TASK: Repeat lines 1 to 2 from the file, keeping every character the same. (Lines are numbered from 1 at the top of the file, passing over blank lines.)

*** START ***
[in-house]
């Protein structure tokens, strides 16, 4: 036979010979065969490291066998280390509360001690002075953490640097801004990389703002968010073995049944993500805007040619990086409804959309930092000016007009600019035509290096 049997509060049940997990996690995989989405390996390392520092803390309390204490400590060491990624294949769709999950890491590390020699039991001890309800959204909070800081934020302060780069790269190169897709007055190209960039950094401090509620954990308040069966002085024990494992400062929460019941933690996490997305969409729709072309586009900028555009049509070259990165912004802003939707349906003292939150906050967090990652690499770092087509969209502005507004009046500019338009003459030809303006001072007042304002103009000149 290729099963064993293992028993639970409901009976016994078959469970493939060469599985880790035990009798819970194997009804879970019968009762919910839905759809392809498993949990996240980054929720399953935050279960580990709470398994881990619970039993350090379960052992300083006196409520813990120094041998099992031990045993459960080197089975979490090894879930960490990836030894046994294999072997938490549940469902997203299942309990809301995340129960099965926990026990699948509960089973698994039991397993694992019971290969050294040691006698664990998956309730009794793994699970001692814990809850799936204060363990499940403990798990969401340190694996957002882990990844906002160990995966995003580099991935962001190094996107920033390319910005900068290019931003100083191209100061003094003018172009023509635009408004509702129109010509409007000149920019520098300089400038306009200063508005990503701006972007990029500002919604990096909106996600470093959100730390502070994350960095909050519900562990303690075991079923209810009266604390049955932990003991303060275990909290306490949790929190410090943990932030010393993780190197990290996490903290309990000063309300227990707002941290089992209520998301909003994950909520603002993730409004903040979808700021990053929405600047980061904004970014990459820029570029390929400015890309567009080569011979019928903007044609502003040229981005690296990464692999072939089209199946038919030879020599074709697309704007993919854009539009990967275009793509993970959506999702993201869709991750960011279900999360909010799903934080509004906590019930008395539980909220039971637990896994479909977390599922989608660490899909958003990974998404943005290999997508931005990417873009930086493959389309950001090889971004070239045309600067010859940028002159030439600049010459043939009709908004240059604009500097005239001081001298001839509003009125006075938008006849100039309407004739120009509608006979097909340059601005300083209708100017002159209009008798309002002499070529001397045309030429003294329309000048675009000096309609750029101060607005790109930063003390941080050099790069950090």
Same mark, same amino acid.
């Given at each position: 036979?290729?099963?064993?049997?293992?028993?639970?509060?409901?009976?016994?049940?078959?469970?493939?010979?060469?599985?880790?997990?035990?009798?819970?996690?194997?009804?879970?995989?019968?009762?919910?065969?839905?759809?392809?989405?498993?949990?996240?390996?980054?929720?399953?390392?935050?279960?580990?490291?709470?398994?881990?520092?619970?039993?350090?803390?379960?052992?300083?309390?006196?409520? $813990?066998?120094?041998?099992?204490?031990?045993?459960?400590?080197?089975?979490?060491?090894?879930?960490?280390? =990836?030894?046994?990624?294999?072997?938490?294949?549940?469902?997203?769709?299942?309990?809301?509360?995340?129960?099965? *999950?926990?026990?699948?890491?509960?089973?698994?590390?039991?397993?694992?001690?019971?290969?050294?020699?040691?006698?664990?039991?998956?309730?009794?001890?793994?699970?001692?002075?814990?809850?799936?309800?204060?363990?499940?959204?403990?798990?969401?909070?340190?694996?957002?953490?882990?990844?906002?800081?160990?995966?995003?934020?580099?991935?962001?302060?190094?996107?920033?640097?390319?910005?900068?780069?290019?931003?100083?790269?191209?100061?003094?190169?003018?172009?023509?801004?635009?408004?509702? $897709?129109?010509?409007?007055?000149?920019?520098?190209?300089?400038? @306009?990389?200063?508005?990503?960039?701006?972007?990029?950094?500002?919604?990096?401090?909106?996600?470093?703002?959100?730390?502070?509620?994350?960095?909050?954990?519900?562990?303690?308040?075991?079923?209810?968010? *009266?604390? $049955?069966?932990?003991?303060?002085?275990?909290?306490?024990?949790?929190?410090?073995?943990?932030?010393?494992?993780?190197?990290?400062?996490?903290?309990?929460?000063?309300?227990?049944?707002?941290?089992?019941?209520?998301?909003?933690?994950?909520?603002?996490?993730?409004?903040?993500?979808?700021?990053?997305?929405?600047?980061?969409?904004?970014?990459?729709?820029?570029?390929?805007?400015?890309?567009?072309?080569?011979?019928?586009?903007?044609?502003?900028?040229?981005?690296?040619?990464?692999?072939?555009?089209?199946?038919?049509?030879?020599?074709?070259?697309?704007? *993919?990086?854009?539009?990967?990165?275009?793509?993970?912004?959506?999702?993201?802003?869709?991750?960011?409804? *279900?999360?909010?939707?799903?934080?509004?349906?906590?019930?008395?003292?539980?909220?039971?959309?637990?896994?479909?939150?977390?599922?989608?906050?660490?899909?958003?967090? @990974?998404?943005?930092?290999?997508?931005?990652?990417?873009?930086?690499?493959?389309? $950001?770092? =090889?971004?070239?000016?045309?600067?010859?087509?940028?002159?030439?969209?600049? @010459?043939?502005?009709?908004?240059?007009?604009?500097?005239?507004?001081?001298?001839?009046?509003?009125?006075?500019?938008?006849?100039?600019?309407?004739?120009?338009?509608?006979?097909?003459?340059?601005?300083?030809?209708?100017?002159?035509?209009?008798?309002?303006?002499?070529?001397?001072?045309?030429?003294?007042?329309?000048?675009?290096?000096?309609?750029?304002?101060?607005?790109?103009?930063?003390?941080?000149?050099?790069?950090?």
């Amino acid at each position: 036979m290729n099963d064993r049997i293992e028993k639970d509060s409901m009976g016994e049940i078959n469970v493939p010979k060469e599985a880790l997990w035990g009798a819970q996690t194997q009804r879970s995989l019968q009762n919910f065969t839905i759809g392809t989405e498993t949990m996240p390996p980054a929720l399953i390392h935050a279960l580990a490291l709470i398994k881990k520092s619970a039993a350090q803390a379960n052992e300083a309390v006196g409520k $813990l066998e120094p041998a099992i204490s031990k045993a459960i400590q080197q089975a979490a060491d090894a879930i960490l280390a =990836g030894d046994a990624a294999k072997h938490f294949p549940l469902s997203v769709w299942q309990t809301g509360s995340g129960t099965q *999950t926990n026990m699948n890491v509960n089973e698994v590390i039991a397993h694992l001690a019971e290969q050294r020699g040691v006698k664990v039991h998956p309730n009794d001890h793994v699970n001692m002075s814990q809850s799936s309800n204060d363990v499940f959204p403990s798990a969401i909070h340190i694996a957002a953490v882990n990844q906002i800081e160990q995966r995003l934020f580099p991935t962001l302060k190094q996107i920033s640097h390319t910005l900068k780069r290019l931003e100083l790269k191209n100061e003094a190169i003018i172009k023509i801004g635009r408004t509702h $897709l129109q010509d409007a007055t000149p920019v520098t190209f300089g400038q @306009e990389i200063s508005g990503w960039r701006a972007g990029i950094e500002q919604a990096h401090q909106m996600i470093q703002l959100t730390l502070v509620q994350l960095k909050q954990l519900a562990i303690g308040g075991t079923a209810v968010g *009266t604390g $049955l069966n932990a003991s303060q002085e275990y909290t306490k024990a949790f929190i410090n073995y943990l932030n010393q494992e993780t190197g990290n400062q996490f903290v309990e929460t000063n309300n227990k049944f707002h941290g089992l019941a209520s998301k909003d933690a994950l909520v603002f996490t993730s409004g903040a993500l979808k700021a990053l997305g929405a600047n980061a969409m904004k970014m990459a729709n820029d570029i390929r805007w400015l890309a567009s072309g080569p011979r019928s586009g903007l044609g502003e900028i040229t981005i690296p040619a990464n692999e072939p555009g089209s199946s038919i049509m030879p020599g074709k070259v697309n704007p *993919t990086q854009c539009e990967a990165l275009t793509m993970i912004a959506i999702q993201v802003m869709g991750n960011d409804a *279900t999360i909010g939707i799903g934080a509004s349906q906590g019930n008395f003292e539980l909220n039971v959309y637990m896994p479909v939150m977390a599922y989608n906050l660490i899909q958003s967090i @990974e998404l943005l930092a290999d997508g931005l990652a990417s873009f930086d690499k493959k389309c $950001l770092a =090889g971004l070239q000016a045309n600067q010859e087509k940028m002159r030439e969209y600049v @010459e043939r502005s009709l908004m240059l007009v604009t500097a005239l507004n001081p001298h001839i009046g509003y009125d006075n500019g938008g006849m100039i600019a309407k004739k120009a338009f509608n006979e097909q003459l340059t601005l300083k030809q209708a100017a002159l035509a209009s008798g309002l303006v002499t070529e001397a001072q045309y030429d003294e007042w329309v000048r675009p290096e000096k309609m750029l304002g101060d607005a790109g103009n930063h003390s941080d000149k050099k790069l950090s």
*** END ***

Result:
[in-house]
């Protein structure tokens, strides 16, 4: 036979010979065969490291066998280390509360001690002075953490640097801004990389703002968010073995049944993500805007040619990086409804959309930092000016007009600019035509290096 049997509060049940997990996690995989989405390996390392520092803390309390204490400590060491990624294949769709999950890491590390020699039991001890309800959204909070800081934020302060780069790269190169897709007055190209960039950094401090509620954990308040069966002085024990494992400062929460019941933690996490997305969409729709072309586009900028555009049509070259990165912004802003939707349906003292939150906050967090990652690499770092087509969209502005507004009046500019338009003459030809303006001072007042304002103009000149 290729099963064993293992028993639970409901009976016994078959469970493939060469599985880790035990009798819970194997009804879970019968009762919910839905759809392809498993949990996240980054929720399953935050279960580990709470398994881990619970039993350090379960052992300083006196409520813990120094041998099992031990045993459960080197089975979490090894879930960490990836030894046994294999072997938490549940469902997203299942309990809301995340129960099965926990026990699948509960089973698994039991397993694992019971290969050294040691006698664990998956309730009794793994699970001692814990809850799936204060363990499940403990798990969401340190694996957002882990990844906002160990995966995003580099991935962001190094996107920033390319910005900068290019931003100083191209100061003094003018172009023509635009408004509702129109010509409007000149920019520098300089400038306009200063508005990503701006972007990029500002919604990096909106996600470093959100730390502070994350960095909050519900562990303690075991079923209810009266604390049955932990003991303060275990909290306490949790929190410090943990932030010393993780190197990290996490903290309990000063309300227990707002941290089992209520998301909003994950909520603002993730409004903040979808700021990053929405600047980061904004970014990459820029570029390929400015890309567009080569011979019928903007044609502003040229981005690296990464692999072939089209199946038919030879020599074709697309704007993919854009539009990967275009793509993970959506999702993201869709991750960011279900999360909010799903934080509004906590019930008395539980909220039971637990896994479909977390599922989608660490899909958003990974998404943005290999997508931005990417873009930086493959389309950001090889971004070239045309600067010859940028002159030439600049010459043939009709908004240059604009500097005239001081001298001839509003009125006075938008006849100039309407004739120009509608006979097909340059601005300083209708100017002159209009008798309002002499070529001397045309030429003294329309000048675009000096309609750029101060607005790109930063003390941080050099790069950090």